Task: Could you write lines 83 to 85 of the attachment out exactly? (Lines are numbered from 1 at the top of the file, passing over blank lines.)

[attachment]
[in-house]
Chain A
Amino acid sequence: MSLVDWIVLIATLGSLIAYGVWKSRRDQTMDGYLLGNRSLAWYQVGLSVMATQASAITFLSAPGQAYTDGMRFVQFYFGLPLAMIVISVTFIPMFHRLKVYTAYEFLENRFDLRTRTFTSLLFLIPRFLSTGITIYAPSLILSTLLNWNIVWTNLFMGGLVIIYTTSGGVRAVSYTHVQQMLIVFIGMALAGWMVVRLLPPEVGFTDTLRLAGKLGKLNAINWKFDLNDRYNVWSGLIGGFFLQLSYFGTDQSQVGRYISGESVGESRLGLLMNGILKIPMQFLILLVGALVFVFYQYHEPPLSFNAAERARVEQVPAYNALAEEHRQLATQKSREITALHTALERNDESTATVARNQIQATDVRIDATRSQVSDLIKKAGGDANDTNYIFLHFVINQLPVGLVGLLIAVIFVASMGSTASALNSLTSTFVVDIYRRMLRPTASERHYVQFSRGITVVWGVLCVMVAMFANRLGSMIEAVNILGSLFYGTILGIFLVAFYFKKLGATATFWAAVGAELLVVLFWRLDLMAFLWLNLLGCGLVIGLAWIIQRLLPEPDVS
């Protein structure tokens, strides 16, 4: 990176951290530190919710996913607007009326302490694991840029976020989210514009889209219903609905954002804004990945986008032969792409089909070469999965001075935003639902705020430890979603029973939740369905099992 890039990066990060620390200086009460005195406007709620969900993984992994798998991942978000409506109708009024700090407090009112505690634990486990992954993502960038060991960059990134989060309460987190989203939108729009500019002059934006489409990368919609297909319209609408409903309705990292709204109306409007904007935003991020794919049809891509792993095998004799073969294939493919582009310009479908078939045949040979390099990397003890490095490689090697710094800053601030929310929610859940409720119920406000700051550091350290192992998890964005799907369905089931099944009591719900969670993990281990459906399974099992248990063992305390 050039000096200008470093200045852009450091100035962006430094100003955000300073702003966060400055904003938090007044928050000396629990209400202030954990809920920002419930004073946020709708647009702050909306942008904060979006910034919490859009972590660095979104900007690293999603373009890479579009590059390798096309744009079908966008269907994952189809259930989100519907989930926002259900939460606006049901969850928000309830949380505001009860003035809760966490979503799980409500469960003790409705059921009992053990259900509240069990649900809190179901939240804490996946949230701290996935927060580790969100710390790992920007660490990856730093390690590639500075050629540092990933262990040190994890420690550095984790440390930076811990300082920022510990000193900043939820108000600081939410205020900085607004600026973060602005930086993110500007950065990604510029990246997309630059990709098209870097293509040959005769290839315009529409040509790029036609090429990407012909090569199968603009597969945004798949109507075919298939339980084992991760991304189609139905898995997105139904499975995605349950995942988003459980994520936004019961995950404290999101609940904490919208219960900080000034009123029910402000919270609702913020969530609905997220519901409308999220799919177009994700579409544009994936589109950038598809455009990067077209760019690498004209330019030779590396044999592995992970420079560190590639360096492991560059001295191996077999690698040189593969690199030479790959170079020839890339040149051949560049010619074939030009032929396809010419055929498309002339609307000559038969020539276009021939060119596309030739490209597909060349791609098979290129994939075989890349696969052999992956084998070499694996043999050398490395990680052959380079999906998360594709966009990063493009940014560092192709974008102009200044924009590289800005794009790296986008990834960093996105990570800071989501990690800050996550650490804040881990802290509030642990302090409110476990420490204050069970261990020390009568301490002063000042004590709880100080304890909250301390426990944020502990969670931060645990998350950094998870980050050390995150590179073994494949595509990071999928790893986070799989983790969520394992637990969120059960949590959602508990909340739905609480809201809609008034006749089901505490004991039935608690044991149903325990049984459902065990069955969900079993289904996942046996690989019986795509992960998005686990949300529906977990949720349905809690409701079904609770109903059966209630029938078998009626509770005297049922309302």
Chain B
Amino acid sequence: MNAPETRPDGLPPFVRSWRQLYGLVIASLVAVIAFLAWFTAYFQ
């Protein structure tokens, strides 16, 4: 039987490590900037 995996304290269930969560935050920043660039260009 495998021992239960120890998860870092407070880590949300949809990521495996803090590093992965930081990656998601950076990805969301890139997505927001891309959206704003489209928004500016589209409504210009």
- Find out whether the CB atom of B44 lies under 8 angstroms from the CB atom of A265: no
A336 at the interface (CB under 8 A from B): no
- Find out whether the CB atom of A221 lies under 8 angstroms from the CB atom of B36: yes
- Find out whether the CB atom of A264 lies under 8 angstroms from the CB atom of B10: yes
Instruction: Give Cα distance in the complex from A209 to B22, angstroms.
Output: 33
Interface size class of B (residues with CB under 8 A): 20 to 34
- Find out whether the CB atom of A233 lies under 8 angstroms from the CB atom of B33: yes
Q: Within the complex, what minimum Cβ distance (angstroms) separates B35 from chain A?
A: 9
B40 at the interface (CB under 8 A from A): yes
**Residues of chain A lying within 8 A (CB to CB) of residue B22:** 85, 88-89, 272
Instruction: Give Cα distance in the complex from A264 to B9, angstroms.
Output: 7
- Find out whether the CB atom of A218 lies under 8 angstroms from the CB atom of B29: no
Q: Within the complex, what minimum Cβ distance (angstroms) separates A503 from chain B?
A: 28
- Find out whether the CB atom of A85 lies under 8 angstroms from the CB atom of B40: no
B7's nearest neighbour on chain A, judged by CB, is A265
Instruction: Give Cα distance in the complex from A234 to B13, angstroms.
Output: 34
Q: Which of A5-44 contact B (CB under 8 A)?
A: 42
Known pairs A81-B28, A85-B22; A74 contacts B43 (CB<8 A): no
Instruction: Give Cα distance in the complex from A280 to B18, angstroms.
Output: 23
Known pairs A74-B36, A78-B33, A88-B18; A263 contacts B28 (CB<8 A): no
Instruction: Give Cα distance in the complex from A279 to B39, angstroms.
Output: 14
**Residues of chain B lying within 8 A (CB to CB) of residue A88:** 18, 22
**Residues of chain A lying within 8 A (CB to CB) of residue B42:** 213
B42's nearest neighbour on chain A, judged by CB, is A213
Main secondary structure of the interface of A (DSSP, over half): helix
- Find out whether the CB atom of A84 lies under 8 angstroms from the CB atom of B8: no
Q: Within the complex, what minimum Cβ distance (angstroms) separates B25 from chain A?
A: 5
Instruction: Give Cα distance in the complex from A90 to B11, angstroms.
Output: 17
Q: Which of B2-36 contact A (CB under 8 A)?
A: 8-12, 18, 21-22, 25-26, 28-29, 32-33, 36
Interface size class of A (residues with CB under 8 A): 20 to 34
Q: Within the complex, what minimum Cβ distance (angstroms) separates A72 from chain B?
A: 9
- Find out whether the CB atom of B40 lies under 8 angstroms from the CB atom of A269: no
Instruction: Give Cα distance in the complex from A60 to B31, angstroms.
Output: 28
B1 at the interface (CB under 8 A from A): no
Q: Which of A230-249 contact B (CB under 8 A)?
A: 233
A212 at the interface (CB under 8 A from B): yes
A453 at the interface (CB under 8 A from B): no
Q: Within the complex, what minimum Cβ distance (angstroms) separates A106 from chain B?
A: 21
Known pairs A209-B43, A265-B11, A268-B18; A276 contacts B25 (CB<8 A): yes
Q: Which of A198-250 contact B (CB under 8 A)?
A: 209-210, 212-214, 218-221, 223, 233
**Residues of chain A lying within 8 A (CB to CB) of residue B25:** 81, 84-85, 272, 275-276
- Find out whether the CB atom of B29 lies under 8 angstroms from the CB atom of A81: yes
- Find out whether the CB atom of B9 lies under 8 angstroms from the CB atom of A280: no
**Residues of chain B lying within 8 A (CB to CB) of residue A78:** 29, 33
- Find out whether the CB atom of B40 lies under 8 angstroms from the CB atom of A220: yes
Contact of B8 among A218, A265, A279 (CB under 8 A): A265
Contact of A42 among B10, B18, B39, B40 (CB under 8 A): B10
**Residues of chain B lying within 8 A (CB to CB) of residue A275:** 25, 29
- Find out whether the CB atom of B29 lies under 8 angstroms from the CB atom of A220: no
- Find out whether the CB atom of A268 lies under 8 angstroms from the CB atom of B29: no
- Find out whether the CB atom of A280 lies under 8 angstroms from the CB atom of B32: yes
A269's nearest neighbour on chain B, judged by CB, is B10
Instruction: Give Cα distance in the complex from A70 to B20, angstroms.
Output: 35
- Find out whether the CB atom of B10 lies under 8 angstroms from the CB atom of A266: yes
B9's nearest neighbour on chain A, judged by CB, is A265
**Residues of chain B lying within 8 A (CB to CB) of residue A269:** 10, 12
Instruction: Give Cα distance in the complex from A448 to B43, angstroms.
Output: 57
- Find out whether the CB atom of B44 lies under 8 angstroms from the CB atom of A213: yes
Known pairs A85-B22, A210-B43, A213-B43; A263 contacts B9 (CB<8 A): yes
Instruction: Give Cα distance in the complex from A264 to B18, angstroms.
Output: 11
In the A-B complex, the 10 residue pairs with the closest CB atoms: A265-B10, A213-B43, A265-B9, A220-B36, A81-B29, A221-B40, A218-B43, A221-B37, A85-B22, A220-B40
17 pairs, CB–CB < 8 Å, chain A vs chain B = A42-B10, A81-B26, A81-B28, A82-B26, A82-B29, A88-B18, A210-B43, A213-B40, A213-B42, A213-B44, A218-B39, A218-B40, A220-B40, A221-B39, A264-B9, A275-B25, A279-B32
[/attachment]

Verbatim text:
- Find out whether the CB atom of B44 lies under 8 angstroms from the CB atom of A213: yes
Known pairs A85-B22, A210-B43, A213-B43; A263 contacts B9 (CB<8 A): yes
Instruction: Give Cα distance in the complex from A264 to B18, angstroms.